Meanwhile, taking a look to Vietnam and its current petrochemical project, the location conversely is the main obstacle that is keeping foreign investment away. Foreign companies which intended to involve in the project all pulled their money out when Vietnamese government chose the site estimated 600 km from the oil field while the country’s infrastructure is underdeveloped.
 
But Hoang Xuan Hung, refinery department chief of Petro Vietnam, the state’s oil controlling body, explained that such a distance would not be a major problem when a long term view of how Vietnam would deliver its own processed oil products to markets was taken into account. He said further, “the project was designed with great care of environment”. Currently, the environment of petrochemical plants in Maptaphut, Thailand has been seriously damaged as a result of inconsiderable design.

Economic environments differ
Right when the crisis hit Thailand with the collapse of 56 banks and financial institutions for their too – opened system and a US$ 90 billion foreign debt, the basic industry – petrochemicals immediately became one of the victims that received a hard blow. Figures for the year 1998 are not yet available but they would have been more affected because the crisis has deepened and many industries, which depend on petrochemical goods such as textiles, construction, or automobiles, slowed and even halted their production. The situation has triggered a tough competition among companies to carve out their footholds in the market, which is described as "oversupplied".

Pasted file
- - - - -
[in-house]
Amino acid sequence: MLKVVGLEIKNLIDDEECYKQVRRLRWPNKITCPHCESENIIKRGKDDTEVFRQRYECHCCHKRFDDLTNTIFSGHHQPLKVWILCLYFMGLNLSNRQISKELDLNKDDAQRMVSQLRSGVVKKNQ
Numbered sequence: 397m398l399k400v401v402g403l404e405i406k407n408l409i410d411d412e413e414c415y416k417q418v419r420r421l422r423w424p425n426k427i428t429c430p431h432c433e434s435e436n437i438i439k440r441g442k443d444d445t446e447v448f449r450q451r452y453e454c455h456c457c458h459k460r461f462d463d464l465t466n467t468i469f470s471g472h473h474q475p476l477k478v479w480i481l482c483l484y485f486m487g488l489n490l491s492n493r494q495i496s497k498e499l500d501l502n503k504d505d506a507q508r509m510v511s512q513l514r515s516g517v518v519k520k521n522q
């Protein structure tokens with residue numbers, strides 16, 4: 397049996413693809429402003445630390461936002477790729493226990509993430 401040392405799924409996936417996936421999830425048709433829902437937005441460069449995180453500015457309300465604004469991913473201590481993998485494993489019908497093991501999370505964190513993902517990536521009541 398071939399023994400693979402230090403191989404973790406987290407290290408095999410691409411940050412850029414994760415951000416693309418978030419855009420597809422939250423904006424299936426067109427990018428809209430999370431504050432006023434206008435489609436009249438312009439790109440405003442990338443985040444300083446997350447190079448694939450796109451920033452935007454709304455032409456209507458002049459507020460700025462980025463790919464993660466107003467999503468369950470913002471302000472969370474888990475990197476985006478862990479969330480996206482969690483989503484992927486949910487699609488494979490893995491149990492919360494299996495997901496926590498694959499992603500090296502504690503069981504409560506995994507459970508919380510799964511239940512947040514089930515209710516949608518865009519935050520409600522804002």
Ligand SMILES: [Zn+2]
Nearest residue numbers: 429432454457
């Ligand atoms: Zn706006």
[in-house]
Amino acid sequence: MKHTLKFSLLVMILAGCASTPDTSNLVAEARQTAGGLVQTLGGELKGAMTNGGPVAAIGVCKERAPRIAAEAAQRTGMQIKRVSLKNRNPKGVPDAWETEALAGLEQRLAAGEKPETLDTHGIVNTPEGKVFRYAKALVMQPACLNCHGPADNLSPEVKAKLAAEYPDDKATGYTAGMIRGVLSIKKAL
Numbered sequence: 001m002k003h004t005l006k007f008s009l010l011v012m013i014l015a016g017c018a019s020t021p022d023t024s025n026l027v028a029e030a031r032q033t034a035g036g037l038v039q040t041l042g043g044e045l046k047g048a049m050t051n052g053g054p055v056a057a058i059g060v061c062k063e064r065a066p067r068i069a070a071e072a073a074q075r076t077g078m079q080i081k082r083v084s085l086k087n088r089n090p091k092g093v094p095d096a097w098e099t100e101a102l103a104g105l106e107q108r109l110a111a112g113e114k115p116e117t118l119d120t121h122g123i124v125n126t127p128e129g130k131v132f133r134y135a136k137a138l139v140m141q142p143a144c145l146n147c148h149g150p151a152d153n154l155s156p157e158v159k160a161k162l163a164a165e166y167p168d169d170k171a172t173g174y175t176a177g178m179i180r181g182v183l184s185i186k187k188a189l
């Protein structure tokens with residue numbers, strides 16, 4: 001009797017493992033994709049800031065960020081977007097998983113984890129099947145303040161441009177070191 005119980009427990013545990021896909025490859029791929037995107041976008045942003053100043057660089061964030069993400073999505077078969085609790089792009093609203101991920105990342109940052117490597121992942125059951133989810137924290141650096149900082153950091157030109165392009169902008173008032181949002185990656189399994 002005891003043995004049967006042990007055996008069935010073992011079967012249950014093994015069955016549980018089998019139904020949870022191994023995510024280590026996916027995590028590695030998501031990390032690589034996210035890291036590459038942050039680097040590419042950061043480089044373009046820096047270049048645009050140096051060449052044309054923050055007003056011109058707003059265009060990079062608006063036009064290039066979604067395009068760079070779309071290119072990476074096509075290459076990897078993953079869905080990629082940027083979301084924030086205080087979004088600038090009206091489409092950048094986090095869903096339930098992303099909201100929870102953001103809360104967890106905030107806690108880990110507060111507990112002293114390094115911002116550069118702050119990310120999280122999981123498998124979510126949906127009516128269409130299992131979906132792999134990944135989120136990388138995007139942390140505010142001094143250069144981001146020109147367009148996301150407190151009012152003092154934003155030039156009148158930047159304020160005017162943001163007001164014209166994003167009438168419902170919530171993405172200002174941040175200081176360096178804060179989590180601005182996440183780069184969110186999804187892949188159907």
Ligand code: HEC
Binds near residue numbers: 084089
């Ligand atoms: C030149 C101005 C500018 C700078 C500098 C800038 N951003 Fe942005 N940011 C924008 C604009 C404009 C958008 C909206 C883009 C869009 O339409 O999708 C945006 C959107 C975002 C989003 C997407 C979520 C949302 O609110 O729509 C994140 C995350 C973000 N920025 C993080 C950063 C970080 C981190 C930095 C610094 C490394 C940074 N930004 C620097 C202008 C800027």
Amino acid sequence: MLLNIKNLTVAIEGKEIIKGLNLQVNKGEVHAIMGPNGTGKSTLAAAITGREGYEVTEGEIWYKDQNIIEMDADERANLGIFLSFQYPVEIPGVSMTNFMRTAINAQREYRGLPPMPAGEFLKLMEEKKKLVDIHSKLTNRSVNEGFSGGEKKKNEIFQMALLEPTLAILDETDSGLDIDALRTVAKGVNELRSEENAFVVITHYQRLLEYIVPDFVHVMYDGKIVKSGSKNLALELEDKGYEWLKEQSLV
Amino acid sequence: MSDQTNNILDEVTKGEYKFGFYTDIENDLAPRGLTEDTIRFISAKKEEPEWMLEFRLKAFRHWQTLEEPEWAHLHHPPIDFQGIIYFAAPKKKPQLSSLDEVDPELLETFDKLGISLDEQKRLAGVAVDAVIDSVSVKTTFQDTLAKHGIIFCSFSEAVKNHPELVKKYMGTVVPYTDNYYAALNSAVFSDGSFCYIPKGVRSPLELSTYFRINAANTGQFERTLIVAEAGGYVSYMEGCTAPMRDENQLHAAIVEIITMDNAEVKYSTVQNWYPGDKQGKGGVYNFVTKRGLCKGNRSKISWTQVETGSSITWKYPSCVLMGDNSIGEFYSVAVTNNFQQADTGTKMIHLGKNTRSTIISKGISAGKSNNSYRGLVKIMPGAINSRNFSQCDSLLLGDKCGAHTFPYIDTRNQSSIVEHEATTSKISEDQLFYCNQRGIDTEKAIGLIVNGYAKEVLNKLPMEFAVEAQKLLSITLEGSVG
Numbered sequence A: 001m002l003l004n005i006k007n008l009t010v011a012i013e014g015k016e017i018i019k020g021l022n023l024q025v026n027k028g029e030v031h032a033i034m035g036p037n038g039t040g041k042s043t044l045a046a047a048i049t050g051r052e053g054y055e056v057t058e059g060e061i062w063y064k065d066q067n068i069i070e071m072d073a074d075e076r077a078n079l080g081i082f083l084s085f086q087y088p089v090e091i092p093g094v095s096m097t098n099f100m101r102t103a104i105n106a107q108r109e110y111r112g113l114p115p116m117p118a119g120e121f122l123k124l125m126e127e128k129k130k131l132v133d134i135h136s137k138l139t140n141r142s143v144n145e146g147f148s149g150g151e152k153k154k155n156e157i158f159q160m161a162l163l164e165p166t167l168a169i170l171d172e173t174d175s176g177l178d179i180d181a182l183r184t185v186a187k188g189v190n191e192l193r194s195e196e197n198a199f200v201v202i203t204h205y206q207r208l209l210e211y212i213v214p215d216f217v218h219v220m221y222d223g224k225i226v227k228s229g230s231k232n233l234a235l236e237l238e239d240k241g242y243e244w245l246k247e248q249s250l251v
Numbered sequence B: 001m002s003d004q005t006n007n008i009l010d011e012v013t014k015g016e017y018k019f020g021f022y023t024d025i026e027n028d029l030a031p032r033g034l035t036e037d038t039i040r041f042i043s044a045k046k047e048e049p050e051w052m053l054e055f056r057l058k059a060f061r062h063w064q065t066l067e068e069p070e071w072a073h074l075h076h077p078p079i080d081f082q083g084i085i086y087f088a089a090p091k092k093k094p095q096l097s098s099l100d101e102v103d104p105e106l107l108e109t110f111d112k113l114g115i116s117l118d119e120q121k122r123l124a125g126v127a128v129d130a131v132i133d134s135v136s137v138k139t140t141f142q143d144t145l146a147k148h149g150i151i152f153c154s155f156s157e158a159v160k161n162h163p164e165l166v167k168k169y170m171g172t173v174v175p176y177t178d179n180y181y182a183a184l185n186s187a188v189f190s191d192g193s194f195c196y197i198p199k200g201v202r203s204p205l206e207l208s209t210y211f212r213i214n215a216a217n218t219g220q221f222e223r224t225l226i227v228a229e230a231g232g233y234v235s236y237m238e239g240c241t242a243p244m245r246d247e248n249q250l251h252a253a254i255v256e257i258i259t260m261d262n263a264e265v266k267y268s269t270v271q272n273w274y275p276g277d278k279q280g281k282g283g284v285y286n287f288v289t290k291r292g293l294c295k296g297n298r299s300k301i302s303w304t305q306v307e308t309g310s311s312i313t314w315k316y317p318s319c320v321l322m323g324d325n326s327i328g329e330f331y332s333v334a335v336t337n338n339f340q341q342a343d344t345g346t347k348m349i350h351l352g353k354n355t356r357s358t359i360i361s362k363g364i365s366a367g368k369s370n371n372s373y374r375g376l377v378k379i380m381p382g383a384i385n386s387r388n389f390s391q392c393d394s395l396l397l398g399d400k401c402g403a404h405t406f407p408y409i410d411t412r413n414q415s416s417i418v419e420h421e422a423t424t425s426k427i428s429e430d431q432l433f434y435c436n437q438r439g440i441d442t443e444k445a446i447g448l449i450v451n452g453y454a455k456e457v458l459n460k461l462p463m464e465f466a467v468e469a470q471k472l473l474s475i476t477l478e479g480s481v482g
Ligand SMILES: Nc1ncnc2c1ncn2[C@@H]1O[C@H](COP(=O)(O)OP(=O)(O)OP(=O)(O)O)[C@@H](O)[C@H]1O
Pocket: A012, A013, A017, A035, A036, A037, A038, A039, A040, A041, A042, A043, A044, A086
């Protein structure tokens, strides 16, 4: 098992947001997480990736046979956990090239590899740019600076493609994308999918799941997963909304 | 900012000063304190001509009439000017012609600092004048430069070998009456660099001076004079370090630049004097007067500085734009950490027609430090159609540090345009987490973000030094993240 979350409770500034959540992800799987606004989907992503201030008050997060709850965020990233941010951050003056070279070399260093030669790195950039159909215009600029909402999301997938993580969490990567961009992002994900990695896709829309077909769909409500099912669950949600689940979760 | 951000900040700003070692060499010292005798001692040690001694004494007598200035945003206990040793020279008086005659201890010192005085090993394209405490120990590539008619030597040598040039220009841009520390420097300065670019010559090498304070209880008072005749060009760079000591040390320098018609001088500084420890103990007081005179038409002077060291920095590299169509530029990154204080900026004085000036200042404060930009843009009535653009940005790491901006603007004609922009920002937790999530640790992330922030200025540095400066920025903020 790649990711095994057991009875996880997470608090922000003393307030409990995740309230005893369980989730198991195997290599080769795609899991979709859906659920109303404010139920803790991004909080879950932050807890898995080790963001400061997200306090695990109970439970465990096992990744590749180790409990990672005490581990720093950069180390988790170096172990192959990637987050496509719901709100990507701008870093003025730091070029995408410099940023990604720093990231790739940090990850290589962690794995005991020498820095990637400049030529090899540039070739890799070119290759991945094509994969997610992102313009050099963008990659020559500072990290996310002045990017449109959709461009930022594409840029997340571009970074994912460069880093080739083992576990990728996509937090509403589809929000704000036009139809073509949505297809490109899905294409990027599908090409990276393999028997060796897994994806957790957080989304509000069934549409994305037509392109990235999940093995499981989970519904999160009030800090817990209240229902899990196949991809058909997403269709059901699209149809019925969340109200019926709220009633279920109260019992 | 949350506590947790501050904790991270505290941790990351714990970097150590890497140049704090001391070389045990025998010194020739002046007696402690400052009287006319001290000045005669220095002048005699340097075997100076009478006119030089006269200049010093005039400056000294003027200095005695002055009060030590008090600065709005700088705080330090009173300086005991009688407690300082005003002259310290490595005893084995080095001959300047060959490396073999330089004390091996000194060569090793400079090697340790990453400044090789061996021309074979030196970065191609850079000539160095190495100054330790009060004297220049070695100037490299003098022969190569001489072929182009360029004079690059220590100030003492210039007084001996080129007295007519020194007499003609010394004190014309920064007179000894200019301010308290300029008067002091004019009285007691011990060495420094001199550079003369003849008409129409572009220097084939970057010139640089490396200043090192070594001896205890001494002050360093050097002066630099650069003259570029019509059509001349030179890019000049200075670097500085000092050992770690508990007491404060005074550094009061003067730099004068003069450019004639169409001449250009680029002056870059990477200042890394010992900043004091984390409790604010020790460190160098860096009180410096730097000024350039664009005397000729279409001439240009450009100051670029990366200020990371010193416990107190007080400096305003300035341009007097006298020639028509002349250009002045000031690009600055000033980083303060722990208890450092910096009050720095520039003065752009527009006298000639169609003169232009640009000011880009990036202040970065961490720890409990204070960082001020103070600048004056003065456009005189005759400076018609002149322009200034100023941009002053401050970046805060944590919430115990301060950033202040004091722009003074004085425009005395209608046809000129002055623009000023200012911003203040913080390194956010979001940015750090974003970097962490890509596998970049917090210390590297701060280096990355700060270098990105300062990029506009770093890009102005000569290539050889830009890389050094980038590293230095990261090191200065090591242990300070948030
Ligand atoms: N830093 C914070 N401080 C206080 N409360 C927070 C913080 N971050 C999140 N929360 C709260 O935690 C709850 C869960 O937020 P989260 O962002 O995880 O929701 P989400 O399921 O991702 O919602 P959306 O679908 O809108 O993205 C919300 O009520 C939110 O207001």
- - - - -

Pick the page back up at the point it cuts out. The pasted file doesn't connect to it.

NPC’s public relations officer, Ms. Suwanna, confidently said, “We have cut costs and raised the quality to stand in the crisis. It is quite possible for us to sell at a lower price because we have all raw materials locally made”.
 
However, the minus 8 per cent GDP growth predicted by economists for 1998 is not a bright future for any business. Petrochemical producers would, said analysts, have maximum 1 per cent increase of the consumer demand in the coming time.
 
Further, the baht devaluation is also attributed to such severe shortage of capital in companies that most of expansion plans are postponed. NPC is not an exception from the exchange rate fall that has led to huge problems over loans in US dollars, though NPC was very wealthy before. “I can say for sure that our company will be able to clear that foreign debt because it is long-term.” Ms. Suwanna provided.